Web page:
Facebook gave over 150 companies more intrusive access to users’ data than previously admitted, exempting them from its usual privacy rules, according to the New York Times.
What’s new: Companies like Amazon, Apple, Microsoft, Netflix, Spotify, and Yandex had special arrangements to retain access to users’ data (and data on their friends), despite platform changes in 2014 that restricted the practice. For example:
— Netflix and Spotify were able to read users’ private messages
— Microsoft had access to the names of virtually all users’ friends, without consent
— Amazon could see users’ names and contact information via their friends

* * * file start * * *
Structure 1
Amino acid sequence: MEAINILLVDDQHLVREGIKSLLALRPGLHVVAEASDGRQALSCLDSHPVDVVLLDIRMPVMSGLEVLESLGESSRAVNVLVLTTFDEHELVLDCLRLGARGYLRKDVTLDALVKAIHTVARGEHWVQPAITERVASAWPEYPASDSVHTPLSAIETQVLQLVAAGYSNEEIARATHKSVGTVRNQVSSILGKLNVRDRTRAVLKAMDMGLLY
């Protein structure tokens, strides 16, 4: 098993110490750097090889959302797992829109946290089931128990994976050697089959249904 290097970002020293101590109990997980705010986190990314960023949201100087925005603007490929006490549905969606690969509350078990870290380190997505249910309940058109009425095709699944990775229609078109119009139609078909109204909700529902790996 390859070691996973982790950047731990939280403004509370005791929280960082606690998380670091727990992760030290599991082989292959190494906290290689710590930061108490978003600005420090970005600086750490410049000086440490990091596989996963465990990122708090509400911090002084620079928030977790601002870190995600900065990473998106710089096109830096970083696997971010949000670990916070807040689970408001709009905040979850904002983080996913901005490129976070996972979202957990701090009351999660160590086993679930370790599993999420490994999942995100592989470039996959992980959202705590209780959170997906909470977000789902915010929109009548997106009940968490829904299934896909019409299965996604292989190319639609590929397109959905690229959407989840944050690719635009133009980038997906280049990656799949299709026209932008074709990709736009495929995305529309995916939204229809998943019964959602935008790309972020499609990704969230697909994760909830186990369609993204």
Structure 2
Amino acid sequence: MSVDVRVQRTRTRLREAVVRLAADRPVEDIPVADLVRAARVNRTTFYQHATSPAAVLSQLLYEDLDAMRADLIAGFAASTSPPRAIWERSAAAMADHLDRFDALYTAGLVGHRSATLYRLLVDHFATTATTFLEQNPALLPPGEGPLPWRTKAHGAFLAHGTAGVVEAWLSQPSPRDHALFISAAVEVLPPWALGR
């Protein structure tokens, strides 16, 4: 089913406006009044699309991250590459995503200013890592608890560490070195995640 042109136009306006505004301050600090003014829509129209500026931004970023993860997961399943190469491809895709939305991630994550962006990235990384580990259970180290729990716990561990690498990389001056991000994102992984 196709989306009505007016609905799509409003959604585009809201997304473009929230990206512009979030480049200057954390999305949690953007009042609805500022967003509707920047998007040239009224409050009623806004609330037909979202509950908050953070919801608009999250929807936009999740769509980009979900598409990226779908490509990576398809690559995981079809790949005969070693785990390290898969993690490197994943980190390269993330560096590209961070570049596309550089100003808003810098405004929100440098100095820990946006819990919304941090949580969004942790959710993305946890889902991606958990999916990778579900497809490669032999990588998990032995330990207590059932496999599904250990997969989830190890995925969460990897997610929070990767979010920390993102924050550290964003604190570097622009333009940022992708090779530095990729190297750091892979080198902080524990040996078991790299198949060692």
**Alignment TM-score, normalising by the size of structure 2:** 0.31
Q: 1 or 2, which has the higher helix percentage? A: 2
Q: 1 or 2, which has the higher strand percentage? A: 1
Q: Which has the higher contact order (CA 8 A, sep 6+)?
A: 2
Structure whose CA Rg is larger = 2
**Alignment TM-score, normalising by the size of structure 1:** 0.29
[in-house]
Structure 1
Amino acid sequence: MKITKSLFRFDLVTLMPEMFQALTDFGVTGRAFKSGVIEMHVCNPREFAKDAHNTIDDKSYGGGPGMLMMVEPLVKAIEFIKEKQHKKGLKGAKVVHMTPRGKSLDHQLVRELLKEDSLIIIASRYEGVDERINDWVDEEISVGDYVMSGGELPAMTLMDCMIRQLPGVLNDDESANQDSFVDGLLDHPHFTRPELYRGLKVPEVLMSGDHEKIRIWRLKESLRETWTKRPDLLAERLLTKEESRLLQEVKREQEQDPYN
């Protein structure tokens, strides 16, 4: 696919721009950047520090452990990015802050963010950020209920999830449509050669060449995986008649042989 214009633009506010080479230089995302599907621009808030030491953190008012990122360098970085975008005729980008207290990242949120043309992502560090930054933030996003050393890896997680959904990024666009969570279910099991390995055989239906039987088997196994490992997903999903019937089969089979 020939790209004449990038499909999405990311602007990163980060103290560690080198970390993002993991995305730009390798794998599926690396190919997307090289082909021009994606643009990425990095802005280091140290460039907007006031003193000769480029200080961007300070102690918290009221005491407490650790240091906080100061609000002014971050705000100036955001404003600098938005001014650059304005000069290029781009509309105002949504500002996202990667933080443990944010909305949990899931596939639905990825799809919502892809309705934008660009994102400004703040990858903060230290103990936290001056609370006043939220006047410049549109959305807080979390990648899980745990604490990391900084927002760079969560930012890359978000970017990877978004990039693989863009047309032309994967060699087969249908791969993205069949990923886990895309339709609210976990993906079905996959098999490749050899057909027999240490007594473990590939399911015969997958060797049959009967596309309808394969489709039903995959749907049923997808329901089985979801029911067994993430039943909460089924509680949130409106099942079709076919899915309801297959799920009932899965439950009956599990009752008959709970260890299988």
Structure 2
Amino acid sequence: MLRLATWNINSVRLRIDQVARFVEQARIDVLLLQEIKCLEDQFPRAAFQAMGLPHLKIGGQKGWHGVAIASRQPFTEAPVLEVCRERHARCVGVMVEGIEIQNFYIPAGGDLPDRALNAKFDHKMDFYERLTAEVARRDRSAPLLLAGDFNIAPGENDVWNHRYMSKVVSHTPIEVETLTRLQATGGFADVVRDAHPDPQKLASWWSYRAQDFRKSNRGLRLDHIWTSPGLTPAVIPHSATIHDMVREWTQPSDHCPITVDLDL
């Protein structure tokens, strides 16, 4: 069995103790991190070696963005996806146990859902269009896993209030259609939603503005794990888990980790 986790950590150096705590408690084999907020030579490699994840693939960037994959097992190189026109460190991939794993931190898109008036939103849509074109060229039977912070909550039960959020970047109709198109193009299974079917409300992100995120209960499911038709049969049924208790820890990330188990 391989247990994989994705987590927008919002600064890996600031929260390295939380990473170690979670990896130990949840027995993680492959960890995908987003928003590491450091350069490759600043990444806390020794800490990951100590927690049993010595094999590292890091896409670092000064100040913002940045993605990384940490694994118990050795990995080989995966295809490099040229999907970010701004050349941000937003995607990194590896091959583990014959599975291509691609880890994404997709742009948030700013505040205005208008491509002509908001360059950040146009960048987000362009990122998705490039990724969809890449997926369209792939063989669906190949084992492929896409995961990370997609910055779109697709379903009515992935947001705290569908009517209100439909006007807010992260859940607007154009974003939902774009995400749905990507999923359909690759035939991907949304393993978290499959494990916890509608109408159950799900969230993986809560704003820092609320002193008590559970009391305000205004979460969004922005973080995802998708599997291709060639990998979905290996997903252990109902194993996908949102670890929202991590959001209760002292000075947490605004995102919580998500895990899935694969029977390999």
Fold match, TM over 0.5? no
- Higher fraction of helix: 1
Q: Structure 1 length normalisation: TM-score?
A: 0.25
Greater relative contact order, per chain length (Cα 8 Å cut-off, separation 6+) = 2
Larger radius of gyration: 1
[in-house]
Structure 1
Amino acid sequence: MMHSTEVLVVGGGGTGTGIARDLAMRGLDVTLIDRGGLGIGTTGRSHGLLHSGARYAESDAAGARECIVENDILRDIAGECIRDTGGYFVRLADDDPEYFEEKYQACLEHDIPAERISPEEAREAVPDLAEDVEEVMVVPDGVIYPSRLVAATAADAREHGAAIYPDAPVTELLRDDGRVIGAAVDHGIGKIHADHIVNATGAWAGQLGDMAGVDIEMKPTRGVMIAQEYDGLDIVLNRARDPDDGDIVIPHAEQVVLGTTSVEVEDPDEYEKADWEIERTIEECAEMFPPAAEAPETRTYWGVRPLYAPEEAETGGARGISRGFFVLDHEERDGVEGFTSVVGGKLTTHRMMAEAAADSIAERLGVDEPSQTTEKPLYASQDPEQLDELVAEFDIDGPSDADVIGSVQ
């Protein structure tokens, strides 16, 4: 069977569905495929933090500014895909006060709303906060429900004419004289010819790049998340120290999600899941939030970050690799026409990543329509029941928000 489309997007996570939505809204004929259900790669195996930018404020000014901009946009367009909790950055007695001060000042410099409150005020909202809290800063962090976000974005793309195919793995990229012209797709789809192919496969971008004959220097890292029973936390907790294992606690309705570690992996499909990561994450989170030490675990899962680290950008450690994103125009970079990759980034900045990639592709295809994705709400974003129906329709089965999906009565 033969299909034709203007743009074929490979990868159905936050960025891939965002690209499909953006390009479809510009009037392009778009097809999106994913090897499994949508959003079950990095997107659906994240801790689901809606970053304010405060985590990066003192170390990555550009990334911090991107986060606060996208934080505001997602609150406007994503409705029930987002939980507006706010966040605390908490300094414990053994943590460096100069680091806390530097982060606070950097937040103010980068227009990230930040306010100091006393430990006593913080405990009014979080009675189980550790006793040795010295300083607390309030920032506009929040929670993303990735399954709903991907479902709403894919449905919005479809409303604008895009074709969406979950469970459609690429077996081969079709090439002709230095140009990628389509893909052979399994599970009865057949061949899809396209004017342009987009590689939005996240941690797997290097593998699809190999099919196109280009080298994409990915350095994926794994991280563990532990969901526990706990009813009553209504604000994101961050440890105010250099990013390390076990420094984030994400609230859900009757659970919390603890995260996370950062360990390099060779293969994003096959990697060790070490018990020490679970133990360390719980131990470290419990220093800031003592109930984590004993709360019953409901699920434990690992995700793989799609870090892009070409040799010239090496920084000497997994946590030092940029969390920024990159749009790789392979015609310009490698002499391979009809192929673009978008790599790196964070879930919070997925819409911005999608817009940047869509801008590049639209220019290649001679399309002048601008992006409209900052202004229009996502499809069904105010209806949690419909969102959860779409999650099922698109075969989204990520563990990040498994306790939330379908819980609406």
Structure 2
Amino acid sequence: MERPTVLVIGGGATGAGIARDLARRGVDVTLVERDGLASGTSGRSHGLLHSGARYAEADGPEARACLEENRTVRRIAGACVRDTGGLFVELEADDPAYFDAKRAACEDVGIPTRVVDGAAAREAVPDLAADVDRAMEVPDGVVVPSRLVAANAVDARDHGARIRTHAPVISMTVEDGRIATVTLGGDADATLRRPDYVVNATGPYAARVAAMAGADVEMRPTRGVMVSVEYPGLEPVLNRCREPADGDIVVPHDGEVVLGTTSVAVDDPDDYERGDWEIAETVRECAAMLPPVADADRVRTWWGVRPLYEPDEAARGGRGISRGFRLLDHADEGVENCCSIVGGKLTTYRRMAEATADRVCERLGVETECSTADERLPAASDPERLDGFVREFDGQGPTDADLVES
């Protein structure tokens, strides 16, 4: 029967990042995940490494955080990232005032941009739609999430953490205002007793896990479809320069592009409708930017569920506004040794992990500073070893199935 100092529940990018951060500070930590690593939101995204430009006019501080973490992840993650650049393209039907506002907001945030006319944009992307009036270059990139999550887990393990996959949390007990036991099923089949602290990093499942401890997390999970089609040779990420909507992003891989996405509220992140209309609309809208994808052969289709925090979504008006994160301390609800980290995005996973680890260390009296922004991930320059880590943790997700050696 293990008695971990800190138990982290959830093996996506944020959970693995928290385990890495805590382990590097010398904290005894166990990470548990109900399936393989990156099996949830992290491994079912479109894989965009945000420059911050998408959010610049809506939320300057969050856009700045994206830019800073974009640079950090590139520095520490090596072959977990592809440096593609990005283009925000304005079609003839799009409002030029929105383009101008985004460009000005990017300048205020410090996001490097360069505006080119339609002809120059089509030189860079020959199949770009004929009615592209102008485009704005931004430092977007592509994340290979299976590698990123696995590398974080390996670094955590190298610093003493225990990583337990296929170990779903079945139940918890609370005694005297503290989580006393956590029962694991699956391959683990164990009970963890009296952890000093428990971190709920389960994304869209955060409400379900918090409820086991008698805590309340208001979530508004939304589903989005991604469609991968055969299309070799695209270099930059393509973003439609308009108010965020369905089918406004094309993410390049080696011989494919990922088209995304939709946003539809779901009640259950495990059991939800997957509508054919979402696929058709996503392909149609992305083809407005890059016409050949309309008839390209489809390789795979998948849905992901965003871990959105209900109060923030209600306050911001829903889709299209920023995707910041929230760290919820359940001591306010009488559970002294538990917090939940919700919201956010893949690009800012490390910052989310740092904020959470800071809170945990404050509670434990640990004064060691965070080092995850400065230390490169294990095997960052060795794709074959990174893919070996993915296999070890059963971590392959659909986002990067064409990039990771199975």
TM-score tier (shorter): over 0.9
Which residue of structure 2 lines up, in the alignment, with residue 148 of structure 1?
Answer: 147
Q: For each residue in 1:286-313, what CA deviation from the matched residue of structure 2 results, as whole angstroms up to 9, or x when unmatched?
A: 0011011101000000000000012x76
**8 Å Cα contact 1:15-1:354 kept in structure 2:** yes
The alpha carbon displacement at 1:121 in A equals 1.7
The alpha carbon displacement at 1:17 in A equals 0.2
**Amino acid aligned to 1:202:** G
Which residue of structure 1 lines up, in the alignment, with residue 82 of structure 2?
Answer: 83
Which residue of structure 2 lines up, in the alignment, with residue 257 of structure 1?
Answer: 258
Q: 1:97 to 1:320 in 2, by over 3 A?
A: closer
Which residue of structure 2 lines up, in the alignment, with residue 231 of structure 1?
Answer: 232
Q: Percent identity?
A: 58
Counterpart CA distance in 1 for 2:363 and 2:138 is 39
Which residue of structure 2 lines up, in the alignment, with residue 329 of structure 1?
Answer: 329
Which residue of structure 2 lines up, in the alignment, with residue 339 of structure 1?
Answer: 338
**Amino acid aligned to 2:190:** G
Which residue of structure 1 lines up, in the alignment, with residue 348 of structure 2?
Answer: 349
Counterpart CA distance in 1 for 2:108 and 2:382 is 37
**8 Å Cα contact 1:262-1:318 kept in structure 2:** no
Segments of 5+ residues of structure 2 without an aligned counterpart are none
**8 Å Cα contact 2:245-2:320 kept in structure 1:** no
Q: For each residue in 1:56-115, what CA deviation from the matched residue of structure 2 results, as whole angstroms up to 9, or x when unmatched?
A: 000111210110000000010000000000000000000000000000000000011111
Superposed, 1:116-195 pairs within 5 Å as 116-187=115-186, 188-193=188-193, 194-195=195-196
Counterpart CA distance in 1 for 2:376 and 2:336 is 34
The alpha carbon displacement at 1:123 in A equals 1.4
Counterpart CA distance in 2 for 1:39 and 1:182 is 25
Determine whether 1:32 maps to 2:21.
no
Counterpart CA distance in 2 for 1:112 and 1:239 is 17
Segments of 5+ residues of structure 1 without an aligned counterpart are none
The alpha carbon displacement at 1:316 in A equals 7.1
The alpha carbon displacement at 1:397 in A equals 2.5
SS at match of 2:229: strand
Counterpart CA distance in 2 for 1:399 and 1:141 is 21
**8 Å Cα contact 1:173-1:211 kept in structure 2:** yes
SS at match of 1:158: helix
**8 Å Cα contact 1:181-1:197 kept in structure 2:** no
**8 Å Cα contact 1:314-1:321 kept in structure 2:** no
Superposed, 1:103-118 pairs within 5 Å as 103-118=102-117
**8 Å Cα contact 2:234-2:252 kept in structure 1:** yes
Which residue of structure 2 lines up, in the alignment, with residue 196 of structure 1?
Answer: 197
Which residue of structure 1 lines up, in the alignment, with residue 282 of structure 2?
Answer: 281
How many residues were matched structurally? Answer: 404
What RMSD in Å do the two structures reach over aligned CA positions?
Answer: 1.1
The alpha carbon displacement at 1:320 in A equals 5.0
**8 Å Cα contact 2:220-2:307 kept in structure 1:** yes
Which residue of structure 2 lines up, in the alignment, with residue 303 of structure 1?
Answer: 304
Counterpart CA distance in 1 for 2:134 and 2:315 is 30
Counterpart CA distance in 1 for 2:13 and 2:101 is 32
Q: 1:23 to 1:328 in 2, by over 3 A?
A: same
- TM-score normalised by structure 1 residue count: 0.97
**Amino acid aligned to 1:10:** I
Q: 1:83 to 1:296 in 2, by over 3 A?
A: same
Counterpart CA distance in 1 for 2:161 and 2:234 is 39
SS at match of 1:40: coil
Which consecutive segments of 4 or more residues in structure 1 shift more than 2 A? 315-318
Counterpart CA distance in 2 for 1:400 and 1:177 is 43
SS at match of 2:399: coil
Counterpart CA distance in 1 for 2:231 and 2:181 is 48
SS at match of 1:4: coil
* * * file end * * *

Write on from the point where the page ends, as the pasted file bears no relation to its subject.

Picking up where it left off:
Theses arrangements were all still in force in 2017, with some still in effect even now. This is all despite public statements from Facebook that it had ended this type of sharing years earlier.
Rising pressure: Another day, another Facebook scandal. Since the Cambridge Analytica affair, we’ve seen almost daily damaging revelations about Facebook’s practices (here’s a handy time line). Just two weeks ago, 250 pages’ worth of documents were released that revealed yet more malpractice.
That said, it doesn’t seem to have stopped people from joining Facebook, or led to huge numbers leaving. It’s likely that many people have already “priced in” this sort of dodgy dealing into their view of the social media giant. But it’s bound to fuel the growing calls for regulation.
Facebook has published a blog post, in which it responds to the allegations and defends its practices.